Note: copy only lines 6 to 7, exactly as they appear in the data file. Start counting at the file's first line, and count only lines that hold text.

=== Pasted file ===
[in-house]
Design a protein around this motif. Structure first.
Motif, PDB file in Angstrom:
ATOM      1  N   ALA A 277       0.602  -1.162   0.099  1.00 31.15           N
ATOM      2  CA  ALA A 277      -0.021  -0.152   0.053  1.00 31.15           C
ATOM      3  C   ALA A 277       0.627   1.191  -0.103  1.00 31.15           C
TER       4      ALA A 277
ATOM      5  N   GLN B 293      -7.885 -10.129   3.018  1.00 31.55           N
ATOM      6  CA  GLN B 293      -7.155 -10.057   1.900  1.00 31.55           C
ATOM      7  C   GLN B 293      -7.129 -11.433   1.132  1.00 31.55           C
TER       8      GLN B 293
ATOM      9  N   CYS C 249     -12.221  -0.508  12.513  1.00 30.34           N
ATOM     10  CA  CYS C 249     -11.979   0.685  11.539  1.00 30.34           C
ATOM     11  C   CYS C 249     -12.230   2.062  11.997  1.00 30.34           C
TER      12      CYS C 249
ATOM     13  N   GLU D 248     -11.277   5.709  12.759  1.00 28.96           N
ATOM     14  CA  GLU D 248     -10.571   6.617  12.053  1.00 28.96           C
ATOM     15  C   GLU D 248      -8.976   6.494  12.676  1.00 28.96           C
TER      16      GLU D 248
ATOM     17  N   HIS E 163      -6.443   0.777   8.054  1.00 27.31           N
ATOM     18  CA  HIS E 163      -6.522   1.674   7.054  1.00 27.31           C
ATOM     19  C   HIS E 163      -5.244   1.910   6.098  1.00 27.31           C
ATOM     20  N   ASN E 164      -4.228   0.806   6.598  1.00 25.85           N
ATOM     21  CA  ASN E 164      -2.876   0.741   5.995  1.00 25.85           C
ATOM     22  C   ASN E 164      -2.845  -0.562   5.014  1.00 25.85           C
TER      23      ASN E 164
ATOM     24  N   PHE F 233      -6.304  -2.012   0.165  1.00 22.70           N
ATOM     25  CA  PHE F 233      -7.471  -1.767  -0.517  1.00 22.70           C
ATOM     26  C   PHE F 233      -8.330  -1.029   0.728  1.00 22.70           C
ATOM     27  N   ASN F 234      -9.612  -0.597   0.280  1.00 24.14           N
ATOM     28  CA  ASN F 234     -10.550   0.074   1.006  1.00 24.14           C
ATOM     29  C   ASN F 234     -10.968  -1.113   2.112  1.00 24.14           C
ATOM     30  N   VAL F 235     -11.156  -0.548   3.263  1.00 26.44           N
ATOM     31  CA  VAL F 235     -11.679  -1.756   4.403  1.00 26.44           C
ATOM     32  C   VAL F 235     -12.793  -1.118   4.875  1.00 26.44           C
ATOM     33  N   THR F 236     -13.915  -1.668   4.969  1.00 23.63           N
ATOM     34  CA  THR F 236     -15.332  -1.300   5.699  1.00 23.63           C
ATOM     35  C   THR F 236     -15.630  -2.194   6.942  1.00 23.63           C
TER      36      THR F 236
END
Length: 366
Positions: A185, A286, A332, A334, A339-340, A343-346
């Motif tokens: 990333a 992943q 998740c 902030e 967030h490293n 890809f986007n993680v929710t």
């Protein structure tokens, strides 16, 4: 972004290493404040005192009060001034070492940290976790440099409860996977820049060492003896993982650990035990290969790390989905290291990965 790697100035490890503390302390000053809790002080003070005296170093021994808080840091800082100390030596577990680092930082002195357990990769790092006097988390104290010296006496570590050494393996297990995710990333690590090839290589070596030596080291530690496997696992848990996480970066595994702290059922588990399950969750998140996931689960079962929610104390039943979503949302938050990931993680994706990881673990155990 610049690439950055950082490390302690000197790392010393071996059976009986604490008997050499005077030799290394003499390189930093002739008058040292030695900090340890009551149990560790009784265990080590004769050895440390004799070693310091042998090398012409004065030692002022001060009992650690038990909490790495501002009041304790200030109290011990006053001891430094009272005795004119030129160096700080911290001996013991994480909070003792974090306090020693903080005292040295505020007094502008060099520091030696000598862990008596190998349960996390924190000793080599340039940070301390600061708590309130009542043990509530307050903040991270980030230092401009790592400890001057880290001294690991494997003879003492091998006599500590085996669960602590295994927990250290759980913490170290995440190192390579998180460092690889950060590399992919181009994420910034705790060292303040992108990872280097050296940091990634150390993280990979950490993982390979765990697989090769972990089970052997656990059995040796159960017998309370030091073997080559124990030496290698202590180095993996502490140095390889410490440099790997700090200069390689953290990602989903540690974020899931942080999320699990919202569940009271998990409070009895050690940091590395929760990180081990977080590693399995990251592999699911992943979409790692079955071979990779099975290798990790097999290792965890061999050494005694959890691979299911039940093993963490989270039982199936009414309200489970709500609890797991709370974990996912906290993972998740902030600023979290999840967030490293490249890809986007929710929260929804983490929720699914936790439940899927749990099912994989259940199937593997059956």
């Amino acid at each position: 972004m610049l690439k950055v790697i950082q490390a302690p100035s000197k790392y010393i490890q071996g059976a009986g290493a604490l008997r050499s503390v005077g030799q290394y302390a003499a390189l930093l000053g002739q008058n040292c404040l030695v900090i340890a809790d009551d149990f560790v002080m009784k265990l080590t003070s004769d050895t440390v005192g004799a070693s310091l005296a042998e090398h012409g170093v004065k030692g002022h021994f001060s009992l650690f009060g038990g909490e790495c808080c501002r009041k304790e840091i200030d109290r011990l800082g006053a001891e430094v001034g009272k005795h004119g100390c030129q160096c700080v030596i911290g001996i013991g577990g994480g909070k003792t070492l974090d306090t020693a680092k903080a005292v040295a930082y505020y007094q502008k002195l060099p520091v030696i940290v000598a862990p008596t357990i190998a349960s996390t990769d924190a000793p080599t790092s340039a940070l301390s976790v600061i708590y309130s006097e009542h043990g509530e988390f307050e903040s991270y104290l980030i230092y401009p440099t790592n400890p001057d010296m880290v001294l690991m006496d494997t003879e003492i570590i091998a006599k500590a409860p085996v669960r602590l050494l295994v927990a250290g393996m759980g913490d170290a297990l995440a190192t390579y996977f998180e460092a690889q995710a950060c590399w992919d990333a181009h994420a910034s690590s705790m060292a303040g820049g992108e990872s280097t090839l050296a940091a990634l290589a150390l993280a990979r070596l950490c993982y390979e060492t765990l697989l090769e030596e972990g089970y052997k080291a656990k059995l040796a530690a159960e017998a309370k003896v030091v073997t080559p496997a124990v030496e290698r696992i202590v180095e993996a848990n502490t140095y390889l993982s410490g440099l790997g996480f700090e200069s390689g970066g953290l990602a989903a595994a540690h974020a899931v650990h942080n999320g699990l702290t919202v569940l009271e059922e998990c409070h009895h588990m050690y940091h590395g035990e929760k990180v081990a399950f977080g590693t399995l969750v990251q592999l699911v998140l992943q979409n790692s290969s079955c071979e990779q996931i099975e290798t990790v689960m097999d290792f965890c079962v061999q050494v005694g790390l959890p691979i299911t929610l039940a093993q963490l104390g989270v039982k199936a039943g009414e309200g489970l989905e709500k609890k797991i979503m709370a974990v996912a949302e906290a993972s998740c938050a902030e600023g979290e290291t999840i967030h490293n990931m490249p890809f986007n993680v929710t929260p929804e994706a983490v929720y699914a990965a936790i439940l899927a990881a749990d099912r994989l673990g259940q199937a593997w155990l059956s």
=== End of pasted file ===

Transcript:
ATOM      3  C   ALA A 277       0.627   1.191  -0.103  1.00 31.15           C
TER       4      ALA A 277